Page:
AVON – No dissenters spoke as the Deer Management Committee publicly presented their plan to coordinate regulated annual deer culling in the Village.
The committee, consisting of Don Mastin, Kevin Allen, Chris Connie, Scott Gage, Herb Jones, Chuck Kanty, Trustee Rob Hayes, Avon Police Officer Joe Geer, and NYS Department of Environmental Conservation (DEC) representative Art Kirsch, presented the main points of the harvest plan designed to depopulate the Village deer herd.
“This is not going to be a hunt. This is going to be harvesting,” said Kanty. “This isn’t going to be people saying ‘Oh, we’re going to turn this place into a hunter’s paradise. That’s not our goal. […] This is going to be a job. This isn’t going to be a pleasant task. I don’t think anyone who is a hunter here thinks it will be.”
Historically, not all Village residents have agreed that the harvest will be necessary or effective. However, at this meeting, none of the more than 20 attendees voiced any opposition.
One community member asked how large a take would be necessary to have an impact on the local deer population. Kirsch replied that the DEC will tally negative deer interactions and markers to see if they decrease over time.
“I’ve always said and I’ll continue to say that you don’t need to know how many deer are in a town or how many deer are in a population,” said Kirsch. “You need to look at the impacts that they cause. […] We plan on getting some baseline parameters for some common impacts such as car-deer accidents, lyme disease and browse damage on landscape plants so we can compare a before and after situation. The best thing we can do is look at trend information. Are markers going down in the population? I think the challenge is going to be taking enough deer starting year one. I think [the harvest] is something that would grow over time.”
The proposition is for the Village to purchase and set up three $100 to $150 battery-powered deer feeders on three properties in the area of River Street and Sunset Drive on which the Committee has been granted verbal permission (to be put in writing as the plan continues). Shooters who pass an archery marksmanship test will sit in tree stands no more than once a week on Fridays, Saturdays or Sundays and wait for deer to approach the feeder at dusk or at night. Shooters will be members of the Deer Committee during the first year and then interested Village residents in following years.
The committee used a map of the Village marked with colored pins to show the locations of the three harvest sites and locations of residences from which the survey received ‘yes’ or ‘no’ votes.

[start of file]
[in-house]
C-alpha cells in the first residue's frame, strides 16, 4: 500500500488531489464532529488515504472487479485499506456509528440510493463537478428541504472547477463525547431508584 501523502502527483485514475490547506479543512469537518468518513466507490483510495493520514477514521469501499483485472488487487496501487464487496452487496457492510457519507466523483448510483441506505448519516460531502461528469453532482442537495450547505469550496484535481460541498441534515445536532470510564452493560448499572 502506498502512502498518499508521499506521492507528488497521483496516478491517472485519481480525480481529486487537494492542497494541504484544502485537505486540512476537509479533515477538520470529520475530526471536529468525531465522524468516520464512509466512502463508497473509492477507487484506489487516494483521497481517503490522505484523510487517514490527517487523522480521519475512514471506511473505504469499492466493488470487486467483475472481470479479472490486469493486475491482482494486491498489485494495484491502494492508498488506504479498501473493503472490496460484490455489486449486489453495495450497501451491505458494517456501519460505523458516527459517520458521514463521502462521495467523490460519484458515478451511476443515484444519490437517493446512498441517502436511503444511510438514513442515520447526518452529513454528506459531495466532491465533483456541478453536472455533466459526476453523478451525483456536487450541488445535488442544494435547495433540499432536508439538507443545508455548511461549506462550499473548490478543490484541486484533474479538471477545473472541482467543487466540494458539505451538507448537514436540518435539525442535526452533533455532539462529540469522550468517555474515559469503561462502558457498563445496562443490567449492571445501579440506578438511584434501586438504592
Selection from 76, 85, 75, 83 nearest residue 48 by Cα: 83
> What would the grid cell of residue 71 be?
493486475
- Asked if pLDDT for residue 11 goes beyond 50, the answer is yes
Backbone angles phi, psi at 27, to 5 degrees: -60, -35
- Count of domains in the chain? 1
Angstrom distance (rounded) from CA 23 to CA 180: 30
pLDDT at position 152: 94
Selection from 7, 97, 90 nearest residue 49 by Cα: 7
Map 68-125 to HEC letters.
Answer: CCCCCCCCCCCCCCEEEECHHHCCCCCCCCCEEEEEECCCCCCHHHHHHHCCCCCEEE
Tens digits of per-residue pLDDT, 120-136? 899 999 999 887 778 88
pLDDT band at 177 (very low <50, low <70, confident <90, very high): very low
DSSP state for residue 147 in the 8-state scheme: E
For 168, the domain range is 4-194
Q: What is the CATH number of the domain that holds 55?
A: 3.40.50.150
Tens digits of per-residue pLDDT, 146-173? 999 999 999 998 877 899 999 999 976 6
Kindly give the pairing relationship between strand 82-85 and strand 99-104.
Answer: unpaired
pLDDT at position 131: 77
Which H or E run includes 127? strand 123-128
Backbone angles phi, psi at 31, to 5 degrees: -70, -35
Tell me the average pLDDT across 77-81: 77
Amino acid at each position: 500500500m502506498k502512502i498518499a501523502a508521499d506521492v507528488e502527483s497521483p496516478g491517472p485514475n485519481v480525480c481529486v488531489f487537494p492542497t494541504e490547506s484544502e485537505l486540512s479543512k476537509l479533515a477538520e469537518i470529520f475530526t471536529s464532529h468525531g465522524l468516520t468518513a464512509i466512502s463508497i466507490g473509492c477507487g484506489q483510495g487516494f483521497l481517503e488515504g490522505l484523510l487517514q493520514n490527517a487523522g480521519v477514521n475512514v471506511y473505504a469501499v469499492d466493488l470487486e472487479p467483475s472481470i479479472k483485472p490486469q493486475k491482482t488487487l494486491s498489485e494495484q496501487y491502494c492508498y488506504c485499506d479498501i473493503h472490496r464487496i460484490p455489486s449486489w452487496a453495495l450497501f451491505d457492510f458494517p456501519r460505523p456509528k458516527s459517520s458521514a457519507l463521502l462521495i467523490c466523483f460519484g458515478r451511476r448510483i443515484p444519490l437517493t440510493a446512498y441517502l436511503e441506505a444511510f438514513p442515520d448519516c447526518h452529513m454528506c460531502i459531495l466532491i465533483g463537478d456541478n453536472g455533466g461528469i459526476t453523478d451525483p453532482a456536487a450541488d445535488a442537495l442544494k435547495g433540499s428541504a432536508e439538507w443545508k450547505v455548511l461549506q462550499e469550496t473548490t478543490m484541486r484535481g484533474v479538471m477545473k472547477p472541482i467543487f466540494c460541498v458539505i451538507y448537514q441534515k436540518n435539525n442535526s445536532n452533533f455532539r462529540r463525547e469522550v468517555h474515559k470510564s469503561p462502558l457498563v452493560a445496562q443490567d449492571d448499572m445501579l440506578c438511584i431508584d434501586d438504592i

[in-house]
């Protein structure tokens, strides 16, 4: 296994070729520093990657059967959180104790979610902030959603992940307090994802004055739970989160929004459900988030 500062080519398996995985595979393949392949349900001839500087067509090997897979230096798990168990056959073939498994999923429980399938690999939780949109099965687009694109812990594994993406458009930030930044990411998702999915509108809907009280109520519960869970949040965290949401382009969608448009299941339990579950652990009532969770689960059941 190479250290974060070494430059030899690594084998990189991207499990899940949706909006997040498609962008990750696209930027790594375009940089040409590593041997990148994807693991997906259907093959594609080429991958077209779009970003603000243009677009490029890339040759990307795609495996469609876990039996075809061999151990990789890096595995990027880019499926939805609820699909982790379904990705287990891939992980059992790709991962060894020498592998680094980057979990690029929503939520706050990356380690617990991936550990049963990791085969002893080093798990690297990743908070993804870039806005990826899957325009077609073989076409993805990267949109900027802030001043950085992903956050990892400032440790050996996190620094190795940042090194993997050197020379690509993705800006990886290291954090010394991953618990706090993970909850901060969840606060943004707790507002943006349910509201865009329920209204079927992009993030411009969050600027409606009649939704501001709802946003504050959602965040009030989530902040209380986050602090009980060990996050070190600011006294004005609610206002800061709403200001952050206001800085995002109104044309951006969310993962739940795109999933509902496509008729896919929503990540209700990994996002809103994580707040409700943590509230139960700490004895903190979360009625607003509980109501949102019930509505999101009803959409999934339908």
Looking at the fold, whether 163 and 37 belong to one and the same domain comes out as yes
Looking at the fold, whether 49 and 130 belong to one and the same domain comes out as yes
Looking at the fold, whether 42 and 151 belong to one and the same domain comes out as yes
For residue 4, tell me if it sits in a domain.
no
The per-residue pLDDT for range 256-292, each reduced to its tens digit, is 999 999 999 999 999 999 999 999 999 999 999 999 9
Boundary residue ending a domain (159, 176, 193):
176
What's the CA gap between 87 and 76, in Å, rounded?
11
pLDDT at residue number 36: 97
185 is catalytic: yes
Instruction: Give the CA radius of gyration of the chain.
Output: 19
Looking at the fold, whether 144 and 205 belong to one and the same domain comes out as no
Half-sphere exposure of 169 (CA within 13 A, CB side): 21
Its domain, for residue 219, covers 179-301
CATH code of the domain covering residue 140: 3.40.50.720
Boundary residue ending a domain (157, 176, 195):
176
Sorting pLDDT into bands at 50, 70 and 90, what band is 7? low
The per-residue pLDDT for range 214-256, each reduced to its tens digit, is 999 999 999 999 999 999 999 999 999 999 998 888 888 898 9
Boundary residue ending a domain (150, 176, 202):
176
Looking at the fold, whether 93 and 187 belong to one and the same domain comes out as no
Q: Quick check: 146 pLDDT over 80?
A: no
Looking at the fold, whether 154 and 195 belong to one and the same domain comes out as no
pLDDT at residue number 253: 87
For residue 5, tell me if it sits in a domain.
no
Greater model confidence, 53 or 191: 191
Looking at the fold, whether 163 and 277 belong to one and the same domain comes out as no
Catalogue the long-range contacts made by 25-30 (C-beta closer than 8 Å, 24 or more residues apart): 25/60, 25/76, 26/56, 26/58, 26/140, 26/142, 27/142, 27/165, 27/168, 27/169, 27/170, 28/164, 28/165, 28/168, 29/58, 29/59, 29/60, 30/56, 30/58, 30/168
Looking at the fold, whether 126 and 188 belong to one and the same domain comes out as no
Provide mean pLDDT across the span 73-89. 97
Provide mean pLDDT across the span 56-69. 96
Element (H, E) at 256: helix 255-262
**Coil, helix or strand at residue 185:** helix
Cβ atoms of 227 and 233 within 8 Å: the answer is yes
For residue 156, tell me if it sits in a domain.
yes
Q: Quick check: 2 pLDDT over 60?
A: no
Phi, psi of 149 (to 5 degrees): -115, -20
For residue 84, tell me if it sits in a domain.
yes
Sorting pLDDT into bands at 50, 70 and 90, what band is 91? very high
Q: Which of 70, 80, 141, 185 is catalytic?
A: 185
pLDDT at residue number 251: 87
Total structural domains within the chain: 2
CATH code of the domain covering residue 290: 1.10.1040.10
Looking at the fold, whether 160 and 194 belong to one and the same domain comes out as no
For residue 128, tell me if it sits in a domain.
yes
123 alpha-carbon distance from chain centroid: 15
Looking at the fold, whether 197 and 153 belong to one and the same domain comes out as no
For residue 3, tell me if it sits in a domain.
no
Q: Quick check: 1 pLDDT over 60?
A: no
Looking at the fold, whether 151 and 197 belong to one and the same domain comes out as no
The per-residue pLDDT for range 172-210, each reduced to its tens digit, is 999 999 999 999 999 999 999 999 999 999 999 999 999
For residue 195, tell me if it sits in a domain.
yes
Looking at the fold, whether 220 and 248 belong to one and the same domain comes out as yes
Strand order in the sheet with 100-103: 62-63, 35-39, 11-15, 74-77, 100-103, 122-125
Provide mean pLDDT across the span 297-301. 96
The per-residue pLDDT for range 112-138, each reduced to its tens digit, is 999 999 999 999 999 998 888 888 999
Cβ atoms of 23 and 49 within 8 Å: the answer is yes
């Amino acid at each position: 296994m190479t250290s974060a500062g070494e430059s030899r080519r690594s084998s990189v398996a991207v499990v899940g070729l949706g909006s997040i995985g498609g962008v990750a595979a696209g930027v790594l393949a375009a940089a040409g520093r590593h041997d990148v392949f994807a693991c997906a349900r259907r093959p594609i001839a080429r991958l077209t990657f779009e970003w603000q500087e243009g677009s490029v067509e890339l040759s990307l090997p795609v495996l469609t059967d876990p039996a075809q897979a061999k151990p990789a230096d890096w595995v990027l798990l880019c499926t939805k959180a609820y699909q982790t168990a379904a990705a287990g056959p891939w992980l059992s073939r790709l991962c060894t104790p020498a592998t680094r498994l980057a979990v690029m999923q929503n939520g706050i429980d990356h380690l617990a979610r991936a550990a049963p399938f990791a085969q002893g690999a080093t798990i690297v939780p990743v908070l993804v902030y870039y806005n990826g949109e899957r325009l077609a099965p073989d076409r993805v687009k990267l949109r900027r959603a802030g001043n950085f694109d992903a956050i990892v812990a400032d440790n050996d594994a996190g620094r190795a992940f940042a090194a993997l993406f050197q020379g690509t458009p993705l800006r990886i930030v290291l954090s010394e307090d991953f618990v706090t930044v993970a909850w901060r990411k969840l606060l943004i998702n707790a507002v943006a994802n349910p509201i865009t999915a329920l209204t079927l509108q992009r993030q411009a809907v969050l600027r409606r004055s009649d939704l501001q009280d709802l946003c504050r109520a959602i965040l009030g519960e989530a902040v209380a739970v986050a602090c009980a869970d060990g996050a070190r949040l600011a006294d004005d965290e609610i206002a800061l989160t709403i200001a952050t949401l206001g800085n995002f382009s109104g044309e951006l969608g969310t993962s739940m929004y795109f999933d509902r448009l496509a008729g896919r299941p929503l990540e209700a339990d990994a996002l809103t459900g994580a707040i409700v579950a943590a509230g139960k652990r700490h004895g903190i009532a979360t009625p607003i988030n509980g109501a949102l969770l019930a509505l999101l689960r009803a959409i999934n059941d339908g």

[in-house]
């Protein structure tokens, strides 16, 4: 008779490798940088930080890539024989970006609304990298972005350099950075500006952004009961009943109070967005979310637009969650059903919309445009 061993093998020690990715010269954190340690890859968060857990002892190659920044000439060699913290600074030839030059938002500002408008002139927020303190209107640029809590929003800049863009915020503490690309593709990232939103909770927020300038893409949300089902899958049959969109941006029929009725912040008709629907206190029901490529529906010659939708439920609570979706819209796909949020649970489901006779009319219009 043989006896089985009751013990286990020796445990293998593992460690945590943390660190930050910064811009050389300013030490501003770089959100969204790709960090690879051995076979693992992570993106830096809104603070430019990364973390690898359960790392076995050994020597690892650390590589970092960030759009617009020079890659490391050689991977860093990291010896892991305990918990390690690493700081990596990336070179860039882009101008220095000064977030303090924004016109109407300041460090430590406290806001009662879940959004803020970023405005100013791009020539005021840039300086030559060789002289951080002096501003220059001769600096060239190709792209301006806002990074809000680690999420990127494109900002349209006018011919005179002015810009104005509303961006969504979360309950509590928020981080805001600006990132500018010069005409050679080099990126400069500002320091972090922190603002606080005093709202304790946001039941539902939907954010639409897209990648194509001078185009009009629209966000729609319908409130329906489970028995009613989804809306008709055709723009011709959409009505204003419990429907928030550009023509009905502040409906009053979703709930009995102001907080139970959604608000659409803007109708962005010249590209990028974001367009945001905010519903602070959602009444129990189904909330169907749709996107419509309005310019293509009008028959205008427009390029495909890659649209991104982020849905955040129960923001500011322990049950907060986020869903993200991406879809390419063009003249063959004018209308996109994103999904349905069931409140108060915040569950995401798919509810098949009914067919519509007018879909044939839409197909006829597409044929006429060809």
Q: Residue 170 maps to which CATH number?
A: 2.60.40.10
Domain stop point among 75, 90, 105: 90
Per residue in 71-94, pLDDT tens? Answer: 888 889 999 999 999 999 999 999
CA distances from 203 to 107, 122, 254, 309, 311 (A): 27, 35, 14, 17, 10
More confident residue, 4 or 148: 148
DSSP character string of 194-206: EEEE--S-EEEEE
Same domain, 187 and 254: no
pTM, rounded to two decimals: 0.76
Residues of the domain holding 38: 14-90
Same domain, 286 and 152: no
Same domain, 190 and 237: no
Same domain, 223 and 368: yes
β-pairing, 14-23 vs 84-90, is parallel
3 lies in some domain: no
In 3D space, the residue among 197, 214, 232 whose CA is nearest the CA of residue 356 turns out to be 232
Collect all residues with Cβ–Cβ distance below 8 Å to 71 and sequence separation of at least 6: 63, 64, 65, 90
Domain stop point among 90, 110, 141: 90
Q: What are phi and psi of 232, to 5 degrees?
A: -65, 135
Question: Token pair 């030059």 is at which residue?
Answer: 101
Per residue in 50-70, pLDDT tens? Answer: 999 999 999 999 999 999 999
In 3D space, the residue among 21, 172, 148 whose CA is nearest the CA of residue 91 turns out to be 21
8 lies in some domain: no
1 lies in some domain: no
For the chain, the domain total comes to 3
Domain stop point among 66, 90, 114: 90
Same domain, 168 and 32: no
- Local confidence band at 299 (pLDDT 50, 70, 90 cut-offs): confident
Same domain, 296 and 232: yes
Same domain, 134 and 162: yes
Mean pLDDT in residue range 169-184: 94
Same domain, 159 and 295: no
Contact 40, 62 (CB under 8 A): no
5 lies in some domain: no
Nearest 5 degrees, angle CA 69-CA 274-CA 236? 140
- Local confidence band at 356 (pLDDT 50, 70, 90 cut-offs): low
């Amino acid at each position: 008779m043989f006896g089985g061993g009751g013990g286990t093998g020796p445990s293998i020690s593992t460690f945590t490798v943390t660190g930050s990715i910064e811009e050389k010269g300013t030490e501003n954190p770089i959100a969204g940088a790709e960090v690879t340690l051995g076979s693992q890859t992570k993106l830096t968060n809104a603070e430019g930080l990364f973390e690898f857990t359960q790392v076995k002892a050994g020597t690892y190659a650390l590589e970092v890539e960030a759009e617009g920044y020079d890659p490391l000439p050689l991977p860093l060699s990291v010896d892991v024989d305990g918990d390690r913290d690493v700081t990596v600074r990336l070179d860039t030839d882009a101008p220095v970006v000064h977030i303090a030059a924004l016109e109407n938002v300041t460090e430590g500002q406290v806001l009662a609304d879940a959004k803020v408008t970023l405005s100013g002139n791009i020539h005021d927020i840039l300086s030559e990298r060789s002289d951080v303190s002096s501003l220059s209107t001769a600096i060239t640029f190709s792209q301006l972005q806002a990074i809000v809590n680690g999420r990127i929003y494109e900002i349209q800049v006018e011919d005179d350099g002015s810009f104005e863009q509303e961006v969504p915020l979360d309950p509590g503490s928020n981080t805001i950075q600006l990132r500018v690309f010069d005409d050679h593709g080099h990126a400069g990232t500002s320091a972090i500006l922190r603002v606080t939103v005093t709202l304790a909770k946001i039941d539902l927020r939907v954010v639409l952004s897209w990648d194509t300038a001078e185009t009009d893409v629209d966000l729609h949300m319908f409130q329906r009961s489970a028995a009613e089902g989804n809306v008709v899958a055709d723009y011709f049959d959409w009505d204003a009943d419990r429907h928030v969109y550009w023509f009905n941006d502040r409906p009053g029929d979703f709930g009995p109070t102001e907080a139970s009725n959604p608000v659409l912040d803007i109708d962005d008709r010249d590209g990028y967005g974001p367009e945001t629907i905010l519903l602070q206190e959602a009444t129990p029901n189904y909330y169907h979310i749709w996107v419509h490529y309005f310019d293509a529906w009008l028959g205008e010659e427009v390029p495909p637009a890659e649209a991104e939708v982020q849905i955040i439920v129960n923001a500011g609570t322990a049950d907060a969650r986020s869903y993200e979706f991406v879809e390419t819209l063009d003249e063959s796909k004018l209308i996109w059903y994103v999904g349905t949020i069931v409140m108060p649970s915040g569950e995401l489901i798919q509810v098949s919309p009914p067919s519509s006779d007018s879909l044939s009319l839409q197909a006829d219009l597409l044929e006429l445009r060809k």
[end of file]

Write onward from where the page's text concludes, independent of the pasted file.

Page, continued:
“If we’re going to have a deer control effort done, we want to do it where the Village residents feel it should be conducted,” said Kanty. “We went to those streets that had the most responses. The vast majority of the yes votes were south of 5&20, so we wanted to gear any control efforts to that section of the Village.”
Shooting will be done with the shooters’ own bows, equipped with lights attached to the stabilizer bar.
“According to the consultant at Cornell, it does not take much difficulty at all to get used to the lights,” said Mastin. “I haven’t done it, so I don’t know, but he assures me that it’s something that can be learned very fast.”
Kirsch said that the priority will be shooting as many adult female deer as possible.
“The emphasis is going to be on does, but if you have a clear shot on a buck and no other options, you can take it,” said Kirsch. “But it’s certainly not a trophy hunt and the DEC will be taking all antlers of those deer shot. And it’s late winter, so some bucks may be dropping their antlers anyway.”
Though no one at the meeting voiced any problem with baiting, Kanty explained why the deer feeders will be used.
“The purpose of baiting, at least the way we see it, is we feel it will provide the safest, most humane way of harvesting these deer. You can have people out in a tree stand, and I’m not a hunter, but if suddenly that deer moves, you don’t have the shot you once had, and you’re more likely to wound, whereas if they’re focusing on the food you’re going to have a cleaner, more effective shot and it’s less likely that you’ll have a stray deer wandering off if he’s wounded.’
‘We are not proposing eliminating all of the deer in the Village,” added Kanty. “That would be foolish and more than likely impossible. For the participants, this will not be like a day out hunting with your buddies.”
No start date has been proposed to the Village Board. However, Mastin pointed out that the Town of Trumansburg’s deer harvest program, on which this proposition is based, runs from Sept. 1 to the end of March. Trumansburg currently operates 11 deer stands as part of its annual harvest program. Mastin emphasized that, at least for the first year, only three stands would be in service.
“Year one we are starting very small,” said Mastin. “The Village Board has asked us to keep it small, almost like a trial.”
Formal approval of the harvest is still pending. The Village must still obtain a DEC permit, amend their ordinance on the discharge of bows for these hunters, and authorize the Deer Committee to execute the control plan.
There will be a public hearing at a later date to hear comments from the public before the board considers amending the Village ordinance on firing bows for the designating shooters.